Mr Moche said that they often run huge job vacancy lists ranging from 1 800 to 2 000 posts. Pointing out that the shortage is not in the creation of jobs but rather the absence of appropriately skilled people to fill those jobs. Telkom currently has 24 000 people on an ABET course which shows that Telkom is mindful of skills development needs in South Africa.

Mr Patel stated that Telkom welcomes the second operator and the new operator would initially be "piggy backing" on Telkom's infrastructure. This would generate more income for the company. Telkom believes that it would not lose significant residential line customers but expected to lose some its commercial clients. Telkom would be competing with its services not necessarily on prices.

Mr Patel explained that Telkom's high gearing is partly because of the R48 billion of investments Telkom is bound to make under its licensing agreement. In comparison with similar companies, Telkom's gearing is "pretty good ".

Mr M Nzeku said that vandalism is still a key problem with public telephones. Telkom currently prefers dealing with business partners like the container-based public telephone businesses, which can be locked up. This also assists small business development. Not only coin telephones are being vandalised, many "are migrating from coins to cards" to defraud Telkom.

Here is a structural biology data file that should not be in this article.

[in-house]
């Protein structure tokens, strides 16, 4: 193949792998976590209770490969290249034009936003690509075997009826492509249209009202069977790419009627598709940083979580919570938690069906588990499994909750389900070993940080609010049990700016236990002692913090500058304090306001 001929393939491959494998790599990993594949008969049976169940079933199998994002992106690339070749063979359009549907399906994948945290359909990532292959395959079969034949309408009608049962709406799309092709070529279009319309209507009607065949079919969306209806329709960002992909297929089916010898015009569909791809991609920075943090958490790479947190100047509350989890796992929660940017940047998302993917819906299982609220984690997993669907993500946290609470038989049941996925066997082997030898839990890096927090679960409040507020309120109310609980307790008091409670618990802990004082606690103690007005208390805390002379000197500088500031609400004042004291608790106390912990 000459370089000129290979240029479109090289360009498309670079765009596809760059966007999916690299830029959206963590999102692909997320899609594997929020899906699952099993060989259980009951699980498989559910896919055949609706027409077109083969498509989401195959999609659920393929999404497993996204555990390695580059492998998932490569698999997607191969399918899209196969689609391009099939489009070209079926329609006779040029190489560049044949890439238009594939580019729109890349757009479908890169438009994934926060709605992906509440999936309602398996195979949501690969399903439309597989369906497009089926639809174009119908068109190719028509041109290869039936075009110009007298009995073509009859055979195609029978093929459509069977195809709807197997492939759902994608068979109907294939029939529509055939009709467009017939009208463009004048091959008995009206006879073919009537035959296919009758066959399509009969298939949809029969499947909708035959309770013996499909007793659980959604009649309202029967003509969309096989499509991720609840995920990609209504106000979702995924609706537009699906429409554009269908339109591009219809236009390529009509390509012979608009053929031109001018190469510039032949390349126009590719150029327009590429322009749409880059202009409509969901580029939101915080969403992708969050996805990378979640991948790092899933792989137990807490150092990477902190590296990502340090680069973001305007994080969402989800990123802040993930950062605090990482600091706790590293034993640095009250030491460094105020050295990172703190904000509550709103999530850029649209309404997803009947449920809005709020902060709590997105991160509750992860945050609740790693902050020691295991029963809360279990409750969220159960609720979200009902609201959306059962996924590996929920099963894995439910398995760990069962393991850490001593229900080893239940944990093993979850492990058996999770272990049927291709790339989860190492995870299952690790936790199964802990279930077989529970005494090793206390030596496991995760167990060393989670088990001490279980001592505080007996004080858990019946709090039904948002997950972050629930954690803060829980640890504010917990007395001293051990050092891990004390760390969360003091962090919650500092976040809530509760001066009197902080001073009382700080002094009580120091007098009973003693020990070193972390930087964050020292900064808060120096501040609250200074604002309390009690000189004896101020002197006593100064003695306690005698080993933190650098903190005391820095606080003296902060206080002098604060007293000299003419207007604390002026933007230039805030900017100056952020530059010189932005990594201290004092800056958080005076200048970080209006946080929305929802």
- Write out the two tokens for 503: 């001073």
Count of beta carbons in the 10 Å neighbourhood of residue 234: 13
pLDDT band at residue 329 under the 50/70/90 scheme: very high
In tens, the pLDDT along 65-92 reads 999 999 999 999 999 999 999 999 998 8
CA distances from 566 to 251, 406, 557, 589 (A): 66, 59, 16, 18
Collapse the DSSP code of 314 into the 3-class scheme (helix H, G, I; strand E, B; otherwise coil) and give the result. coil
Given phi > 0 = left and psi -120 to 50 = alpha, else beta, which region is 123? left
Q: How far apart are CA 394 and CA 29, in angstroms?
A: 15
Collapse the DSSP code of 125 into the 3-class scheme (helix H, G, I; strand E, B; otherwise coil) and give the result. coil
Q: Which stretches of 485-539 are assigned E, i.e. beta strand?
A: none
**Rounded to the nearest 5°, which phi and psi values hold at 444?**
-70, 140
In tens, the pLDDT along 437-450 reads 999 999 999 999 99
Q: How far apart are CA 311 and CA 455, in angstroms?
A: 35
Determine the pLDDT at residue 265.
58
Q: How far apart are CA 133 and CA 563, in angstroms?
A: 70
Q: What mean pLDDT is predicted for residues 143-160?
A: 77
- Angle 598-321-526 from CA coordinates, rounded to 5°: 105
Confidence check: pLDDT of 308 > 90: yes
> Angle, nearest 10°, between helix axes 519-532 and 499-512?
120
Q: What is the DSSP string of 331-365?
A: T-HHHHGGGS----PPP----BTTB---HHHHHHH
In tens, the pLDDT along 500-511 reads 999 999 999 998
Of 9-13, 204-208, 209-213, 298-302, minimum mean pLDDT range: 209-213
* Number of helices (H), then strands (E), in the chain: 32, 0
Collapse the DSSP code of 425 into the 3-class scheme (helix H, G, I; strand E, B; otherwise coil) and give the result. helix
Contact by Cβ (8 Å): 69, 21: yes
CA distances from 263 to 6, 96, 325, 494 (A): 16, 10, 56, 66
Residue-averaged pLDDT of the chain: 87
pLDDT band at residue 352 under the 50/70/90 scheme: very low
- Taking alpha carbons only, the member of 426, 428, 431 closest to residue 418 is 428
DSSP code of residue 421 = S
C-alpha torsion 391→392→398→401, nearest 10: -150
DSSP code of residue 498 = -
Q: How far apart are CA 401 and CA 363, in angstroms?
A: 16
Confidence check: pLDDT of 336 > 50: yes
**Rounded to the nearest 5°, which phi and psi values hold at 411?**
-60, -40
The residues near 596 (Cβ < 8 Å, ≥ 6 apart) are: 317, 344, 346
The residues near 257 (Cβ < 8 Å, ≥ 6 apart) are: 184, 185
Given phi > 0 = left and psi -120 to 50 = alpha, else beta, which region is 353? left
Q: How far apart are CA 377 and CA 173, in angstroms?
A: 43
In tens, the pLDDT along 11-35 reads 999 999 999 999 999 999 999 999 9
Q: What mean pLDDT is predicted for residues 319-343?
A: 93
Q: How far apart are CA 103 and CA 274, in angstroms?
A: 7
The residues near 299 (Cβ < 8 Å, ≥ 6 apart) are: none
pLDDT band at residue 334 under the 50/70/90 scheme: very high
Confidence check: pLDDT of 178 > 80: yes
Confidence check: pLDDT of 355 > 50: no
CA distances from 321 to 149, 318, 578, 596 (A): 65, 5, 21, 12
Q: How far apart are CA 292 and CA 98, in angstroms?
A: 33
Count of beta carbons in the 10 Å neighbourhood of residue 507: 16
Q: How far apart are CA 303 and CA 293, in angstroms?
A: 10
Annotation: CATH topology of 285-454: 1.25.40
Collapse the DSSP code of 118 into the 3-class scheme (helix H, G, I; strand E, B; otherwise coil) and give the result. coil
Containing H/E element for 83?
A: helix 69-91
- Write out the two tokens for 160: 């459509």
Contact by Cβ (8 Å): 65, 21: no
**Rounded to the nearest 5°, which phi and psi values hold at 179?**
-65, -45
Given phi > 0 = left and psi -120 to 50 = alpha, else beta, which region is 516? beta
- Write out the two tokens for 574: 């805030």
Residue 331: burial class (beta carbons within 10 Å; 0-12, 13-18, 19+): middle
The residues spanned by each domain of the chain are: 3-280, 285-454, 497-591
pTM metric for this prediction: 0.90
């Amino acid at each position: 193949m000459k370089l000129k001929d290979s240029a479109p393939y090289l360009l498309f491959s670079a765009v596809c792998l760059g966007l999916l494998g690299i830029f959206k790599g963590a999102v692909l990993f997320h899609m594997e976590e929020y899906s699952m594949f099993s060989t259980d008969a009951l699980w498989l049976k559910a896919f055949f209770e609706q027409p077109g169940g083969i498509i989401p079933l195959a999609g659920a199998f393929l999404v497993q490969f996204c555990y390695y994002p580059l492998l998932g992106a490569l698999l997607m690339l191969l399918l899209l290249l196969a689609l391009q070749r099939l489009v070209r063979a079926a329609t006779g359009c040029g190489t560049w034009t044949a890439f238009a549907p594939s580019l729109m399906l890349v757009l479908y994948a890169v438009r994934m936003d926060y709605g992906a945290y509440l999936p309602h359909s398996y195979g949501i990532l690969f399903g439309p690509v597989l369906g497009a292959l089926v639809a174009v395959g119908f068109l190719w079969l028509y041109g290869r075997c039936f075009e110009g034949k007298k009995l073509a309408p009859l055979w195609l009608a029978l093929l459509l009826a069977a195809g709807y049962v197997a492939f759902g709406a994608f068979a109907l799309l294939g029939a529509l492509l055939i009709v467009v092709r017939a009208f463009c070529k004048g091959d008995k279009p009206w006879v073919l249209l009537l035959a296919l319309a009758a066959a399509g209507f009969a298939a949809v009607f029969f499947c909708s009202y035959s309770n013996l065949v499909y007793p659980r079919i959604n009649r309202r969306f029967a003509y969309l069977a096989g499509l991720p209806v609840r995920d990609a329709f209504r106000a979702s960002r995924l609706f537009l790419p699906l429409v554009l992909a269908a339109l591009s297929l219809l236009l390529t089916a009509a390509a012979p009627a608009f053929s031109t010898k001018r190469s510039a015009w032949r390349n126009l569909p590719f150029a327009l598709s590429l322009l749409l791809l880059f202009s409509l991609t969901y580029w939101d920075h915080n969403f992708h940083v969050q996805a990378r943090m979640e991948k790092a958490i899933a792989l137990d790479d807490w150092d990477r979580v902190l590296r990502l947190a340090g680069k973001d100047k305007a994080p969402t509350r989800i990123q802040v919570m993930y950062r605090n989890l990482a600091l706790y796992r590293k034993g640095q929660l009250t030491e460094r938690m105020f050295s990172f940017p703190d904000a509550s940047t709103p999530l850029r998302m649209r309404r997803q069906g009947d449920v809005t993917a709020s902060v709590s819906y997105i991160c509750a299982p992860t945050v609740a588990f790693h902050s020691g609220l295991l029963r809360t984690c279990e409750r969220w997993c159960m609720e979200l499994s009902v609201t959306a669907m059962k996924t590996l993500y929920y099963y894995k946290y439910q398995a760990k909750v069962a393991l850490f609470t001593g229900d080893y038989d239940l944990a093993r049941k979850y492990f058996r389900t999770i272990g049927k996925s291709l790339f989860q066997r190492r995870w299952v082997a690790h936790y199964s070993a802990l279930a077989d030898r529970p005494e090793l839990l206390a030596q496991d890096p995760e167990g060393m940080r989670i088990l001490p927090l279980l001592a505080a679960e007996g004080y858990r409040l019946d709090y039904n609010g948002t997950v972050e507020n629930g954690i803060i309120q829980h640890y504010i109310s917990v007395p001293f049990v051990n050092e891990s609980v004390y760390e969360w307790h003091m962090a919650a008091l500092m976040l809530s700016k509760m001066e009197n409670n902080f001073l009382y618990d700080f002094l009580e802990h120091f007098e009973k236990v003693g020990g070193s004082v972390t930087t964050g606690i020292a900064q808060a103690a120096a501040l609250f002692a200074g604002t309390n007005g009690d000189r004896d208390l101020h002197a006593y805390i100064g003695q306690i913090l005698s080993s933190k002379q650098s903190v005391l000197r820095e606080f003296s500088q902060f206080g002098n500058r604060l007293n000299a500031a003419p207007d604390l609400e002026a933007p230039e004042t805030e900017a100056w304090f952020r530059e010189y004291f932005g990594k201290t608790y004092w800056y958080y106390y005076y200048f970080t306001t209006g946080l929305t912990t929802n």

The sustainability of payment is a national problem - many people were not aware that they had to pay and some just did not manage their telephones properly. That is why Telkom is encouraging the prepaid telephone system

Ms N Vokwana said they also go into under-performing schools but admittedly on a much smaller scale. When selecting empowerment projects Telkom usually follows the guidance of the Minister of Education.

Mr Moche said that currently locally based licences are being issued to small businesses to assist in the provision of services in the rural areas. In Groblersdal, residents took geysers out of their RDP houses because they were told that the geysers were responsible for their high electricity bills. They then sold them to a local dealer who in turn sold the barely used geysers in the city. "We must be careful to ensure that the infrastructure and services we provide for people do not become a difficulty for them when the bill comes".

Meeting concluded.